I was in Bengal and it was 1769.  I was re-experiencing the wretched suffering of myself as an 11-year-old brown-skinned girl.  An obnoxious stink assaulted my nostrils, I didn’t smell good, nothing smelt good.  The soiled walls around me were emitting a foul-smelling stench of excrement, urine and rotting flesh. I covered my nose and mouth with a grubby hand, it didn’t help.

“Kali, stay here with your mother, I will return with food by nightfall.”  A man said to me in a foreign language, that somehow I understand.  I nod obediently.  Maybe tonight he would bring home a rat and we would eat like kings.  He was tall, softly spoken, rakish thin and dressed in rags.  Starvation had taken its toll and left him haggard, defeated.  Only the love and devotion that he felt for our family had kept him alive, day after day.  I knew this truth about him, and it made me love him even more.  My heart was bursting at the seams with love, my stomach bloated but empty.

I remembered that he had been a well dressed and wealthy man once.  He had been a prosperous merchant trader, trading in textiles, tea and exotic spices throughout India and foreign lands.

I watched him prepare to leave; intuitively, I sensed that I would never see this man again.  A dirty tear ran slowly down and over my protruding cheek bone.  “Good bye father,” I said weakly to his retreating back, “I love you.”  He never heard me, the bustling noise outside had already swallowed him up whole.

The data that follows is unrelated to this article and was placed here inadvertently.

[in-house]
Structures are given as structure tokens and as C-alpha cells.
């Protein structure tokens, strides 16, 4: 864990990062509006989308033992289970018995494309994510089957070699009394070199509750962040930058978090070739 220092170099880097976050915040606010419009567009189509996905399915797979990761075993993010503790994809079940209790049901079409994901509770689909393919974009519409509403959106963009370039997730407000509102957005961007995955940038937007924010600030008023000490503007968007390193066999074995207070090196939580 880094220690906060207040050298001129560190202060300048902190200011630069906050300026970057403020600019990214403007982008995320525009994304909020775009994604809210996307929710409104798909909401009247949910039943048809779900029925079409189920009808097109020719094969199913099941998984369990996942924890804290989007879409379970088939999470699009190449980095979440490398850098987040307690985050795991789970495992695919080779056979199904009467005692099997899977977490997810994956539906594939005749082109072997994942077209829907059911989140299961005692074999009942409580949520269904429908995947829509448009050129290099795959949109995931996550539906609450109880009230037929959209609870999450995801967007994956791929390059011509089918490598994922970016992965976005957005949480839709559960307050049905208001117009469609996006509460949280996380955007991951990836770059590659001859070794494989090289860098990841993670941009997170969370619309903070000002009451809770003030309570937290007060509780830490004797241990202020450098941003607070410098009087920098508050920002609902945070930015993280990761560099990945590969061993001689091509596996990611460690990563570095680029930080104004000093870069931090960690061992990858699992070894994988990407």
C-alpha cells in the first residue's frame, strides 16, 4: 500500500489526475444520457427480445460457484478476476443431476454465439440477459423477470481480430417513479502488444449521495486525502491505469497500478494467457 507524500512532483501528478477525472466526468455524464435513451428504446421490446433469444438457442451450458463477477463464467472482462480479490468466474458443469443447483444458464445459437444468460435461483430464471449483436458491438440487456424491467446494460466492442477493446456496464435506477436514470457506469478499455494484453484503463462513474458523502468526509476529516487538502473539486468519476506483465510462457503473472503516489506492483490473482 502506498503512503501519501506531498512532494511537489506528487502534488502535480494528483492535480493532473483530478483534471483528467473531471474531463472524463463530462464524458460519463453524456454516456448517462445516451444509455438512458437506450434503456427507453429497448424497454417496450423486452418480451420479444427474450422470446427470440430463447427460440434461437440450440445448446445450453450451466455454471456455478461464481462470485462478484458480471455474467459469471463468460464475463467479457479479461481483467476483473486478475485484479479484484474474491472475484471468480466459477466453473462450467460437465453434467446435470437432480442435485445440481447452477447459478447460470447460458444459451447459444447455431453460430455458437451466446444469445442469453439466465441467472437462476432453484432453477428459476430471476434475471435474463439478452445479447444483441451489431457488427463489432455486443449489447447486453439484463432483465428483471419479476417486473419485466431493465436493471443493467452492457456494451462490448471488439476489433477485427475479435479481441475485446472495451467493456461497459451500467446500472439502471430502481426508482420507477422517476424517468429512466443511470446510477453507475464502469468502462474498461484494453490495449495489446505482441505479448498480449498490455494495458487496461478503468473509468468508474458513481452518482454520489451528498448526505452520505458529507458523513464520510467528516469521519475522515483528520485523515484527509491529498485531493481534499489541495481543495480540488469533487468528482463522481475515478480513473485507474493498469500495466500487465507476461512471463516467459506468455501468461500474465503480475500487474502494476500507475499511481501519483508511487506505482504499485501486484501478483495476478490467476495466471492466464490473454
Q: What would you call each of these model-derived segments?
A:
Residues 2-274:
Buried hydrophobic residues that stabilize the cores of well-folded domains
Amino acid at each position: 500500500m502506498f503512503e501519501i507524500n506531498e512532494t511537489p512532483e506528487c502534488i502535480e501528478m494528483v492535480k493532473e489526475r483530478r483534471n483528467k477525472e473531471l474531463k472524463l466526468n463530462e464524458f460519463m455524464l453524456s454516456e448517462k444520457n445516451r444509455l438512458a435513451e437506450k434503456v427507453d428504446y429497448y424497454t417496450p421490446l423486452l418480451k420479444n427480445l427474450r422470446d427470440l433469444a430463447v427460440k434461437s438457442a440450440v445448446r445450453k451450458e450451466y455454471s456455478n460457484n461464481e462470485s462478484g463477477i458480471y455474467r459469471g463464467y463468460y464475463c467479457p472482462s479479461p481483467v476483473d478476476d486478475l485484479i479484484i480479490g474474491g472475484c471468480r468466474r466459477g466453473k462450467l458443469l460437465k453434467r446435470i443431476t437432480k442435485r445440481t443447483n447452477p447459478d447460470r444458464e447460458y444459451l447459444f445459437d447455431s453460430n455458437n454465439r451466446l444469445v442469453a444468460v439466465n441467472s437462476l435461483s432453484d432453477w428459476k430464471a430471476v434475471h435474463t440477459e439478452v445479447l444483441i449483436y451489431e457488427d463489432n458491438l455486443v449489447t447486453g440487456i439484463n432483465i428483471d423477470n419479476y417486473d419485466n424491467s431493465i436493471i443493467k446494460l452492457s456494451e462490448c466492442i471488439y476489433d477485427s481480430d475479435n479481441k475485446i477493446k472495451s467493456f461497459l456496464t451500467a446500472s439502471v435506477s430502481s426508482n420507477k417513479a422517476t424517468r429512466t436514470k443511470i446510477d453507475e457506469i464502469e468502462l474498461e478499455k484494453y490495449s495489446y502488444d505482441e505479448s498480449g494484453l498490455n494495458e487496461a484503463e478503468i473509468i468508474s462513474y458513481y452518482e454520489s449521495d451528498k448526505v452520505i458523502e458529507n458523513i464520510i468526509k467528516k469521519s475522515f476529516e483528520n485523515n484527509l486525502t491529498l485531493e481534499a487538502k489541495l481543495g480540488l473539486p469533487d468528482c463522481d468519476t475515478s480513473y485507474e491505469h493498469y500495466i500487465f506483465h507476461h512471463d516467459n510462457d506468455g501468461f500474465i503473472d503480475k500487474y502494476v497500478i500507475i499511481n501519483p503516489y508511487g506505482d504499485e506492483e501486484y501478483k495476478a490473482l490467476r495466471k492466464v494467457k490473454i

My kitten Bonga shrieked loudly in protest behind me, I spun around in time to see a girl snatch the kitten up from the floor by its oversized head.  The girl snarled and threatened me with her wild yellowy eyes, her teeth bared.  In one swift movement, she twisted the kitten’s scrawny neck, breaking it.  It dangled silently in her hands as the girl turned and flew quickly out into the dirty alleyway.  My kitten Bonga, would be an appetizing meal for four that evening.

A woman’s voice behind me, “Kali, come.”

This woman who summoned me, I knew intuitively, was my mother.  My heart swelled with unbounded love for her. She was lying on dirty rags on the floor and looked like a beautiful skeleton draped in satiny brown skin.  By nightfall I knew my mother would be dead, and I would be alone in this place.